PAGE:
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For most digital filters, you typically design the digital filter response in the frequency domain. The frequency response specification for the digital filter typically includes the target magnitude response, phase response, and the allowable deviation for each. The following figure illustrates the magnitude frequency response of a lowpass filter, which allows low frequencies to pass and attenuates high frequencies.

The frequency range from the passband edge frequency to the stopband edge frequency is the transition band, which has a frequency response that is unspecified. The filter passband and stopband can contain oscillations, which are known as ripples. A typical example of a ripple appears in the circle of the previous figure. *δ*_{p} indicates the magnitude of the passband ripple, which equals the maximum deviation from the unity. *δ*_{s} indicates the magnitude response of the stopband ripple, which equals the maximum deviation from zero.

Notice the transition band between the passband and stopband frequencies. In an ideal design, a digital filter has a target gain in the passband and a zero gain (−∞ dB) in the stopband. In a real implementation, a finite transition region between the passband and the stopband, which is known as the transition band, always exists. The gain of the filter in the transition band is unspecified. The gain usually changes gradually through the transition band from 1 (0 dB) in the passband to 0 (−∞ dB) in the stopband.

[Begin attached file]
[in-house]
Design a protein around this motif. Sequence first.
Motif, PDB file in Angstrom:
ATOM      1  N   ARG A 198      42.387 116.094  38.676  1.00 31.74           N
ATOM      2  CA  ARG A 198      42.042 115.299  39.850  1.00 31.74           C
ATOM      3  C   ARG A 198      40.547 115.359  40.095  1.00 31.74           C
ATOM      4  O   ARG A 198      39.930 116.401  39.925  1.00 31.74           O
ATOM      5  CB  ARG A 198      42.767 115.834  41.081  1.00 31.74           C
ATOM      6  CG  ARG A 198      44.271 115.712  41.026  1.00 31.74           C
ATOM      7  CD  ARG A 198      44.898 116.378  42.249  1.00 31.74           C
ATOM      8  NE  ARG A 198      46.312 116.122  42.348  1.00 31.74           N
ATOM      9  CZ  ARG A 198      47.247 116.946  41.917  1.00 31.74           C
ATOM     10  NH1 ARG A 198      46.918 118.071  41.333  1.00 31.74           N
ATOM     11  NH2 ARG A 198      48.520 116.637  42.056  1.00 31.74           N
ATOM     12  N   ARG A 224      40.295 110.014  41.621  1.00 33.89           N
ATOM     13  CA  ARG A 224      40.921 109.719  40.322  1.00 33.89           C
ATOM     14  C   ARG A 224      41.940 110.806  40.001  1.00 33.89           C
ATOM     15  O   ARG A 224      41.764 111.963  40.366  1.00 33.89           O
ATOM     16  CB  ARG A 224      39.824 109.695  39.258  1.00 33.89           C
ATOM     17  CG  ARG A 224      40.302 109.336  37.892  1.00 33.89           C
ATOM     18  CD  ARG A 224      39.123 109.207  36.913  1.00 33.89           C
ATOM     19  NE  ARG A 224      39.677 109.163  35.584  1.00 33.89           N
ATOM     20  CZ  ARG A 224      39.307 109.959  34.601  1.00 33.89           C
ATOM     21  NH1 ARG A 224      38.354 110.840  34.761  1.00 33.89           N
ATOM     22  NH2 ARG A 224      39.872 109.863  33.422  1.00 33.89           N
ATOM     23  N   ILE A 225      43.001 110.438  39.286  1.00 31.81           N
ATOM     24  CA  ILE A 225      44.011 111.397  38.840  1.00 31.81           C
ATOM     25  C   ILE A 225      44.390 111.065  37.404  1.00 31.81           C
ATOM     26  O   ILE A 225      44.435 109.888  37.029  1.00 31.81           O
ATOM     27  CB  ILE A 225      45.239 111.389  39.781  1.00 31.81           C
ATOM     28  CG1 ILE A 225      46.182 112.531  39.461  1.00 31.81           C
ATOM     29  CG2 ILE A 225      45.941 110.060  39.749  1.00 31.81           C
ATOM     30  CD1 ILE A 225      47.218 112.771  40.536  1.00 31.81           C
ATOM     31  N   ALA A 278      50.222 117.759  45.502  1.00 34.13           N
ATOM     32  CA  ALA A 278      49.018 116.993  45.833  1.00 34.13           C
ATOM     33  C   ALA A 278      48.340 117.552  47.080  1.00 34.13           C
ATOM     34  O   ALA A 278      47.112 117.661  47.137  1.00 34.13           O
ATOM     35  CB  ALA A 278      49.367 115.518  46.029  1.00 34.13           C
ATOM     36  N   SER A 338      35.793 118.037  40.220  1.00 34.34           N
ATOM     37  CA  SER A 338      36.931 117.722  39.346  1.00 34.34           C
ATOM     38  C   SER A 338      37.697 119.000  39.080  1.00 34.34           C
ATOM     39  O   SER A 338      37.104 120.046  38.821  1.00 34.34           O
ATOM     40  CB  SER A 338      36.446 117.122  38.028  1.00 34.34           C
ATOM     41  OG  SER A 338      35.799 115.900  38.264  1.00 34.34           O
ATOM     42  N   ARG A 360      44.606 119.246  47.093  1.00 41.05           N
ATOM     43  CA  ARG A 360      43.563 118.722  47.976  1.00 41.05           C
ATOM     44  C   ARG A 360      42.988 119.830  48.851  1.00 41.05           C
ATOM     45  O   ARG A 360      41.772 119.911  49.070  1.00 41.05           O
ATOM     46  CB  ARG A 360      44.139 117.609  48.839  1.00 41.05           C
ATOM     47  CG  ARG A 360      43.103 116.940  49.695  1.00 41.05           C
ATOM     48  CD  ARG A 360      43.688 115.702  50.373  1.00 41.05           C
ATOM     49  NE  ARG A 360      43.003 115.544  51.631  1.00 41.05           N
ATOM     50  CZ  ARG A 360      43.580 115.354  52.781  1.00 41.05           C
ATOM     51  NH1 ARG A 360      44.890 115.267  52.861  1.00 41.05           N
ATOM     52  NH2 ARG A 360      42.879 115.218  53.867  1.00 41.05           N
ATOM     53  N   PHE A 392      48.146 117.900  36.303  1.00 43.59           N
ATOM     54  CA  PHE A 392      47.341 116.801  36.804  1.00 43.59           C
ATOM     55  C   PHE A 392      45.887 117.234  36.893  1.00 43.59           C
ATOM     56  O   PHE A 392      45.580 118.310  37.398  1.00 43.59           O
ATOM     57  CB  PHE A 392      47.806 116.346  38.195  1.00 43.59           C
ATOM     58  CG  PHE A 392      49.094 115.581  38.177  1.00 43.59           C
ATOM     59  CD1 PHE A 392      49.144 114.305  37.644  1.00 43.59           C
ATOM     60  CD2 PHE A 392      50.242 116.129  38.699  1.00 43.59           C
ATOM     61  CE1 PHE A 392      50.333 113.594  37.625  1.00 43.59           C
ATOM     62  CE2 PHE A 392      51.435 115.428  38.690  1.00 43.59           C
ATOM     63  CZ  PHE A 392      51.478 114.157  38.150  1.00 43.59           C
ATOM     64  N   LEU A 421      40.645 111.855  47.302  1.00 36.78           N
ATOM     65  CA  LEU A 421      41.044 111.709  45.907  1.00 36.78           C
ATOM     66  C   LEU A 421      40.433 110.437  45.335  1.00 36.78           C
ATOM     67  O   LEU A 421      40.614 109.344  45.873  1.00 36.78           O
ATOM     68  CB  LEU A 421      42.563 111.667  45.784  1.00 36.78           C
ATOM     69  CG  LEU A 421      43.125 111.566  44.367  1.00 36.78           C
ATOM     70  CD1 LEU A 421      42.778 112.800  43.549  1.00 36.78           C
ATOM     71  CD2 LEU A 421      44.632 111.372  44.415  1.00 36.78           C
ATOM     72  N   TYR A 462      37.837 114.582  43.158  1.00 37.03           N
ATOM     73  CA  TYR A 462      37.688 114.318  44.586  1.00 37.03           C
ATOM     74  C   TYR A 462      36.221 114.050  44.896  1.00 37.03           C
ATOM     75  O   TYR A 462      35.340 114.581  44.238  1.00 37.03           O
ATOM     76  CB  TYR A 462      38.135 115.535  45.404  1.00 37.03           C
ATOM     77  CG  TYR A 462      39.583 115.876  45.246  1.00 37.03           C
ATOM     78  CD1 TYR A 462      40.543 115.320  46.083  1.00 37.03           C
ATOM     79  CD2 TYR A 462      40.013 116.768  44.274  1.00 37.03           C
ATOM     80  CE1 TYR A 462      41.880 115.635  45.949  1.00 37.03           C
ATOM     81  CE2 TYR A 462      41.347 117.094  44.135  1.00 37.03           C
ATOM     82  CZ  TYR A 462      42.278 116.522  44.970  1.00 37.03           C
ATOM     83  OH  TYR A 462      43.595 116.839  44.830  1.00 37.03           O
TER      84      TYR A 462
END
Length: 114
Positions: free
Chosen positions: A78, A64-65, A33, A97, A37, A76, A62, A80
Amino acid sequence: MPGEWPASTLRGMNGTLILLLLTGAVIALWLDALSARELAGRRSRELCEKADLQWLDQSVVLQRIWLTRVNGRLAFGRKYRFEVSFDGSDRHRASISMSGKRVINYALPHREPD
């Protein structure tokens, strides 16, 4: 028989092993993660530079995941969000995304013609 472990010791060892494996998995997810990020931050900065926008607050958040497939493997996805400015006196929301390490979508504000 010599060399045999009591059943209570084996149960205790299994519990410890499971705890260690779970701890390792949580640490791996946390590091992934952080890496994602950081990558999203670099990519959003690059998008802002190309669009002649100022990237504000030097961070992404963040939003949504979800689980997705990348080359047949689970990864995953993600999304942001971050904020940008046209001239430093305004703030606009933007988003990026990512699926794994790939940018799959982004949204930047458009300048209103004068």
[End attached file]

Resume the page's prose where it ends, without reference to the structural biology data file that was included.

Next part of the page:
You can measure the passband ripple and stopband ripple in decibels, as shown in the following equations:

passband ripple = −20log_{10}(1−*δ*_{p})

stopband ripple = −20log_{10}(*δ*_{s})

Based on the two equations above, you can convert the passband ripple to or from the decibel representation. For example, if passband ripple equals 0.01 dB, that is, 0.01 = −20log_{10}(1−*δ*_{p}), then *δ*_{p} = 0.00115. Similarly, if stopband ripple equals 60 dB, that is 60 = −20log_{10}(*δ*_{s}), then *δ*_{s} = 0.001.

The following figure illustrates the magnitude frequency responses of a highpass filter, which passes high frequencies and attenuates low frequencies.

The following figure illustrates the magnitude frequency responses of a bandpass filter, which passes a certain band of frequencies and attenuates lower and higher frequencies.

In the previous figure, stopband edge frequency 1 indicates the maximum frequency of the lower frequency range that you want to attenuate, and stopband edge frequency 2 indicates the minimum frequency of the higher frequency range that you want to attenuate. The frequency range between passband edge frequency 1 and 2 indicates the range of frequencies that can pass through the filter.

The following figure illustrates the magnitude frequency response of a bandstop filter, which attenuates a certain band of frequencies and passes all frequencies not within the band.

In the previous figure, passband edge frequency 1 indicates the maximum frequency of the lower frequency range that can pass through the filter, and passband edge frequency 2 indicates the minimum frequency of the higher frequency range that can pass through the filter. The frequency range between stopband edge frequency 1 and 2 indicates the range of frequencies that you want to attenuate.

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